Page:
One of the most-investigated factors has been locus of control--a person's belief about how much he or she controls life's situations. A person with internal locus of control tends to attribute success or failure to his or her own actions, while a person with external locus of control would attribute it to outside luck. Most researchers have hypothesized that external locus of control would correlate with debt problems, and some have found supporting evidence (see further reading). But others, including Norvilitis in her study of Buffalo State college students, have found no relation between the two.

Some researchers have also found various correlations between self-efficacy, self-esteem, coping strategies and consumer debt. In a study of "successful" and "unsuccessful" credit card users, for example, Howard Tokunaga, PhD, of San Jose State University, found that the unsuccessful credit users had lower self-efficacy--or willingness to initiate behaviors and persist in the face of adversity. But other psychologists have not found similar results.

  • Attitudinal factors. Attitudes correlate more reliably than psychological factors with credit card debt. Generally, and not surprisingly, people with more debt-tolerant attitudes are more likely to be in debt (see Livingstone and Lunt in further reading for an example)--although the relevant question then becomes whether the attitudes are a cause or an effect of being in debt.

Next steps

One thing researchers do agree on is that more research is needed.

"If I had a million pounds to throw at this issue, I'd be looking for people who are young, low income, have lots of children and are surrounded by others in debt, and yet somehow keep out of debt--and try to find out how they do it," says Lea. "I know from experience that such people are very hard to find, but there must be some out there."

He also says that more longitudinal research is needed to help figure out how children's and teenagers' economic education and socialization affect their later debt status.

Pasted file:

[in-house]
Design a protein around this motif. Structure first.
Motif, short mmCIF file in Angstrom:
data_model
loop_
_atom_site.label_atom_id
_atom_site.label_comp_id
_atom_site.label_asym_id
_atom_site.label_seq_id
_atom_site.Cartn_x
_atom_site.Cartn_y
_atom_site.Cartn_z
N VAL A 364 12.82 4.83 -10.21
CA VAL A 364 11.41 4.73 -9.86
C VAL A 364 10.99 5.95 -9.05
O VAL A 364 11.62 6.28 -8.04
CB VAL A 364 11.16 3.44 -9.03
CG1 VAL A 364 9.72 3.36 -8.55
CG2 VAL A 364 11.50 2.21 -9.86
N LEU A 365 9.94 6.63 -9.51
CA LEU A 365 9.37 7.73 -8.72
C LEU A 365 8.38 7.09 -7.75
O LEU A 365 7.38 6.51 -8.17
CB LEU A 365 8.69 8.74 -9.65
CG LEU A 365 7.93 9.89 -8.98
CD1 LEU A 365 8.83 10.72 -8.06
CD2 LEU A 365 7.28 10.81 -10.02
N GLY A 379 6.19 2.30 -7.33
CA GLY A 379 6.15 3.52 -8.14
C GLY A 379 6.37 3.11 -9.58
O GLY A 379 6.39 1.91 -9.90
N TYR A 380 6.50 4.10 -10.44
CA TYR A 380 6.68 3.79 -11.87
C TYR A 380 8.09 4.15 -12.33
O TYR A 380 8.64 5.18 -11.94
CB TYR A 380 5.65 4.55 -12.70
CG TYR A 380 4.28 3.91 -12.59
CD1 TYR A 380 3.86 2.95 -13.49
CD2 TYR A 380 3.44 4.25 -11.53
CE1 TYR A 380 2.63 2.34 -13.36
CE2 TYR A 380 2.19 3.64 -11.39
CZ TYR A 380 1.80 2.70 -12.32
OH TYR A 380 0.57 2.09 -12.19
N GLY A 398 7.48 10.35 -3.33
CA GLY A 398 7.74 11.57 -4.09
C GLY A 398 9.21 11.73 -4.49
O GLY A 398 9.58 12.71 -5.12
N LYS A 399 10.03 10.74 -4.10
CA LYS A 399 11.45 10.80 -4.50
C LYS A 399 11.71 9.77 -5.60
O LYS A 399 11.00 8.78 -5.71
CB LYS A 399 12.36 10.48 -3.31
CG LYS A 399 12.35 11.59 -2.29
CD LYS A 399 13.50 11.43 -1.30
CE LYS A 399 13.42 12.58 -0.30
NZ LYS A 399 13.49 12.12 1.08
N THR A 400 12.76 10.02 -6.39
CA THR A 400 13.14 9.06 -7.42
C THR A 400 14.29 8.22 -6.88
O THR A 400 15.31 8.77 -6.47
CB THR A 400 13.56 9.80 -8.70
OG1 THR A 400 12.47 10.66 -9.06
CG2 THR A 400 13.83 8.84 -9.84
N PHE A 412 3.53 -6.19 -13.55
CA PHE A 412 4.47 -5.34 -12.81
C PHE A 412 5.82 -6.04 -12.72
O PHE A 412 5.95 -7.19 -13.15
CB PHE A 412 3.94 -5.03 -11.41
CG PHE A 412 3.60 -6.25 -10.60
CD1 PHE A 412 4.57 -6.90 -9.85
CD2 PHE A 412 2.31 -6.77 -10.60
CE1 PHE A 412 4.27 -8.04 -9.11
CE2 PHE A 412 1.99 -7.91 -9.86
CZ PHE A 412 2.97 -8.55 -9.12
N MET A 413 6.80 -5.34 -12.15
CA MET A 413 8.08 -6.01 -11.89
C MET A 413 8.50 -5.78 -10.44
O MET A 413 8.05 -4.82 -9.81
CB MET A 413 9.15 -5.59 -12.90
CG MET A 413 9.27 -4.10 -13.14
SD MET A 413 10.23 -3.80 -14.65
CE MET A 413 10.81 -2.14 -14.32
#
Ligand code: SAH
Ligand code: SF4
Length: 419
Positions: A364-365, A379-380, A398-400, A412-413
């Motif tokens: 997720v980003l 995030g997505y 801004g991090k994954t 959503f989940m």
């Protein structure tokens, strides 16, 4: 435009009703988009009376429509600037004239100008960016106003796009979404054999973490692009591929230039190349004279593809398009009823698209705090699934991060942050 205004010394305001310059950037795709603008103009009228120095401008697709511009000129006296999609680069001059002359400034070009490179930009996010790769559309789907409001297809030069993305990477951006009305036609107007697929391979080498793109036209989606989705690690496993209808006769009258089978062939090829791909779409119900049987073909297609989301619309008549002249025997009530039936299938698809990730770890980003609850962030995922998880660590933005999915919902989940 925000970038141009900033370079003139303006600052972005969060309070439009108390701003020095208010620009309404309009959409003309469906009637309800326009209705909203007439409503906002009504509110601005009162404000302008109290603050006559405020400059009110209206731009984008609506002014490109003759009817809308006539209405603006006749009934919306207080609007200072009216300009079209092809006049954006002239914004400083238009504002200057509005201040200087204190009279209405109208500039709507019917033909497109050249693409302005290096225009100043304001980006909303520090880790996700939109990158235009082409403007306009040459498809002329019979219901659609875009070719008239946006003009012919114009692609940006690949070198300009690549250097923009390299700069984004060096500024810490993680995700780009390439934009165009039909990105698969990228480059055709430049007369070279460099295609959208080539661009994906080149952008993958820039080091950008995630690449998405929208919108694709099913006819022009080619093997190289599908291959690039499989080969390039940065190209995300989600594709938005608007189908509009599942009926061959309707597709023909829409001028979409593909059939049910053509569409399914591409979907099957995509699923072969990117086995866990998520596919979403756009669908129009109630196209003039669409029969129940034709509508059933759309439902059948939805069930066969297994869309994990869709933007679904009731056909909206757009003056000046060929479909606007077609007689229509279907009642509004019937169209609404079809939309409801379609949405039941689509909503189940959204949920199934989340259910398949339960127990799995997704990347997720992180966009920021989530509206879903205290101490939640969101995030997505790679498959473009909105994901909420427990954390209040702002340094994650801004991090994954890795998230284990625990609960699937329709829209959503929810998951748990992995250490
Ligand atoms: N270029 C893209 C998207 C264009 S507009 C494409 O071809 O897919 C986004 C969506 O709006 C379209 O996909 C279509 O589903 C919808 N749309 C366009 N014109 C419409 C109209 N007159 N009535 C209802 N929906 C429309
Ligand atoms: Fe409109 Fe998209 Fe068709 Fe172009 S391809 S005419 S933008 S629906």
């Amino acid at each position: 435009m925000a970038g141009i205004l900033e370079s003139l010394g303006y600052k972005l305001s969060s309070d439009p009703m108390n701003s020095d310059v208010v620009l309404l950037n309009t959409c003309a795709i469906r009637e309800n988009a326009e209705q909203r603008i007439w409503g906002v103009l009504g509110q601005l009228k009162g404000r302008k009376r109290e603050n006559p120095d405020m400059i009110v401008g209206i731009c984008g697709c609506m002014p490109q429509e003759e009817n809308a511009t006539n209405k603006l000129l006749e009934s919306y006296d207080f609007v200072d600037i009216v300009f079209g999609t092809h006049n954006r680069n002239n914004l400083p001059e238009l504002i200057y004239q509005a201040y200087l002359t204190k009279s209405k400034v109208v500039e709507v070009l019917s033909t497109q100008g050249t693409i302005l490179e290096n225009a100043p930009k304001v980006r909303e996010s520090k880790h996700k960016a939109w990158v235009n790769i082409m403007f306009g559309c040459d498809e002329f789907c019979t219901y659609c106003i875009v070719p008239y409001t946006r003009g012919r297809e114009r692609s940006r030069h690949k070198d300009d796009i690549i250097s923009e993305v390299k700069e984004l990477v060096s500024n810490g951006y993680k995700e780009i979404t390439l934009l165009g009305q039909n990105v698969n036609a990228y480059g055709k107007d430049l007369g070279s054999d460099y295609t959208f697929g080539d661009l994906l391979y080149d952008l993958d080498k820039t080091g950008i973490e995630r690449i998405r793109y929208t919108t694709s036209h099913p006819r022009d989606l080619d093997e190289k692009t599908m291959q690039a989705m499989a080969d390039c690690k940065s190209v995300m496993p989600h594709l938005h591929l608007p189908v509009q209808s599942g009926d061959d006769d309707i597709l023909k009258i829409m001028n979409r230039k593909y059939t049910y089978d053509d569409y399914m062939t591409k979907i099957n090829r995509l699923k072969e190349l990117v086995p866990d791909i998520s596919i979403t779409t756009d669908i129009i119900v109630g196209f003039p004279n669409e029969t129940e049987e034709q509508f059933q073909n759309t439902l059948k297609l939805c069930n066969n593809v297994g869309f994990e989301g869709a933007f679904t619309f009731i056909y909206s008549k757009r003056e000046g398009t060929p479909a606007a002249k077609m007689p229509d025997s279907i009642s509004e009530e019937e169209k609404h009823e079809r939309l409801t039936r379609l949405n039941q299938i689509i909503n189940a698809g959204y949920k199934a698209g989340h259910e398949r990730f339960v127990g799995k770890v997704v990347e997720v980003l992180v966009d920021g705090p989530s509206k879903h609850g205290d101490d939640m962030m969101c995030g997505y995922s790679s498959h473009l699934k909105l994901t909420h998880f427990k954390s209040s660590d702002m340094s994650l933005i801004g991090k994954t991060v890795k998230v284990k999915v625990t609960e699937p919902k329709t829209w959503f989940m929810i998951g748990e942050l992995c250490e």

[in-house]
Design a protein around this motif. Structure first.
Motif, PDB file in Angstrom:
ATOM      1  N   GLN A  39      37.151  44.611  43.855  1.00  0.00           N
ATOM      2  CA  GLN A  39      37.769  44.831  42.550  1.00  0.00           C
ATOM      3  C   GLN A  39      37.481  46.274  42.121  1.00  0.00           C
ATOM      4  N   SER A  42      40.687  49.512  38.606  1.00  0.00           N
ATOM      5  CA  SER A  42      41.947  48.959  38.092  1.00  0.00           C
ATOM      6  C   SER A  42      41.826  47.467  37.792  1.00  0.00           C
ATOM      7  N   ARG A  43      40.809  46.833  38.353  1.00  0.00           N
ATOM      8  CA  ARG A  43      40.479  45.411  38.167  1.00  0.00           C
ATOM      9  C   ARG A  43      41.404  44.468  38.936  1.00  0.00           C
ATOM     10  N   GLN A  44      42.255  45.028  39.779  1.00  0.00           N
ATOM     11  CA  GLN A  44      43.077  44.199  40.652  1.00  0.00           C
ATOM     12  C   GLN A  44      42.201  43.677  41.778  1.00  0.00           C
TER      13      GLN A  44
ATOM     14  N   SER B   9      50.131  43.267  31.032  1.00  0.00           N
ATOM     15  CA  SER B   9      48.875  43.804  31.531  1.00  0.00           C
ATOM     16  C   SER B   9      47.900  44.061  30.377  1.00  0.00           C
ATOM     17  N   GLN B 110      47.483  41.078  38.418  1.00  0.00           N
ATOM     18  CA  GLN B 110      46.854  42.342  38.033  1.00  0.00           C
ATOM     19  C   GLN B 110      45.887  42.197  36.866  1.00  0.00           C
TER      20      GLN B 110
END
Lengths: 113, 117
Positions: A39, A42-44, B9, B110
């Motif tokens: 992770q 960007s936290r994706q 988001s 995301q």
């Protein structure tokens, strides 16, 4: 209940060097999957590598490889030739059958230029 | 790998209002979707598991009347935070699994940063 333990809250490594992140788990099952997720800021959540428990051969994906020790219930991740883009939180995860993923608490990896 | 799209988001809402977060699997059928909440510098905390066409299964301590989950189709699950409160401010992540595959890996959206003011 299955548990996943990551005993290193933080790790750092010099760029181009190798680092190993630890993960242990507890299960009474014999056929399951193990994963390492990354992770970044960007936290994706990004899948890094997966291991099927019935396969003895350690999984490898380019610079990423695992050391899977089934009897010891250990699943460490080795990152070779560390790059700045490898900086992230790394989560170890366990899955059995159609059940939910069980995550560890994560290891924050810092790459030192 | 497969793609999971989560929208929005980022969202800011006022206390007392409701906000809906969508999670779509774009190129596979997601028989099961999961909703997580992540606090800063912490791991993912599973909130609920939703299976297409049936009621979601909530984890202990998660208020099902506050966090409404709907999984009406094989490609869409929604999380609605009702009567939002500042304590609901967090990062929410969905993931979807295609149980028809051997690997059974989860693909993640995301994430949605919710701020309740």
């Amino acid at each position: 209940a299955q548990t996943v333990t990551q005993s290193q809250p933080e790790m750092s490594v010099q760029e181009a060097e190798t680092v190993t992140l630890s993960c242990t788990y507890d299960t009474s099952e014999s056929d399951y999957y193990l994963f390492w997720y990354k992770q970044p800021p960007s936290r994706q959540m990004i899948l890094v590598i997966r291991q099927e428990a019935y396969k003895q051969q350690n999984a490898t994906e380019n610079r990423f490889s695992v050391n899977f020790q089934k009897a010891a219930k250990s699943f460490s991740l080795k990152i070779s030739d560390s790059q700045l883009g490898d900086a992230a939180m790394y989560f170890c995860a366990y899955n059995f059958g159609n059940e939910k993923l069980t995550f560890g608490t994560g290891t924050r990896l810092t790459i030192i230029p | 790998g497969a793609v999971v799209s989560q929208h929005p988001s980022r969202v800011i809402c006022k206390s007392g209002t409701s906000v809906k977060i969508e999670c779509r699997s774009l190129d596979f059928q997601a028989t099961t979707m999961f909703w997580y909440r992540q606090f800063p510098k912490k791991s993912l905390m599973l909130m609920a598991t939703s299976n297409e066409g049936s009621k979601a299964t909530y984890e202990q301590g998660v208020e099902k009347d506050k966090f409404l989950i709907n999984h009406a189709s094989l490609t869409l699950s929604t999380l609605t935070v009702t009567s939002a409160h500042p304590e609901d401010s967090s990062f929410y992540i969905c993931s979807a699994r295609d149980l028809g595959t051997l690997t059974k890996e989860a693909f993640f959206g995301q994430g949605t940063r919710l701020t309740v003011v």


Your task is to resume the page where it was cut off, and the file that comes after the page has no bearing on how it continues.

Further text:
Researchers also agree that figuring out what leads people into debt is vital to helping them avoid it. Norvilitis's finding of higher debt-to-income ratios among recipients of credit cards through campus solicitation tables has led her to question the wisdom of such marketing. In fact, partially because of research like this, more than 24 states have introduced legislation to limit credit card solicitations on college campuses. Her next research project, she says, will focus on determining the most effective types of consumer education for college students.

Meanwhile, the quest for causes of and cures for unmanageable debt continues.

"At present," says Lea, "I don't think we have the research base to know exactly what is needed" to reduce problem debt. But he and other researchers will continue working to change that.

Further Reading

  • Lea, S.E.G. (1999). Credit, debt and crisis debt. In P.E. Earl & S. Kemp (Eds.), The Elgar companion to consumer research and economic psychology (pp. 139-144). Cheltenham, UK: Edward Elgar.

  • Lea, S.E.G. & Davies, E. (1995) Student attitudes to student debt. Journal of Economic Psychology, 16, 663-679.

  • Livingstone, S.M. & Lunt, P.K. (1992). Predicting personal debt and debt repayment: Psychological, social and economic determinants. Journal of Economic Psychology, 13, 111-134.

  • Manning, R. (2000). Credit card nation: The consequences of America's addiction to credit. New York: Basic Books.

  • Norvilitis, J.M., Szablicki, P.B., & Wilson, S.D. (2003). Factors influencing levels of credit-card debt in college students. Journal of Applied Social Psychology, 33(5), 935-947.

  • Tokunaga, H. (1993). The use and abuse of consumer credit: Application of psychological theory and research. Journal of Economic Psychology, 14, 285-316.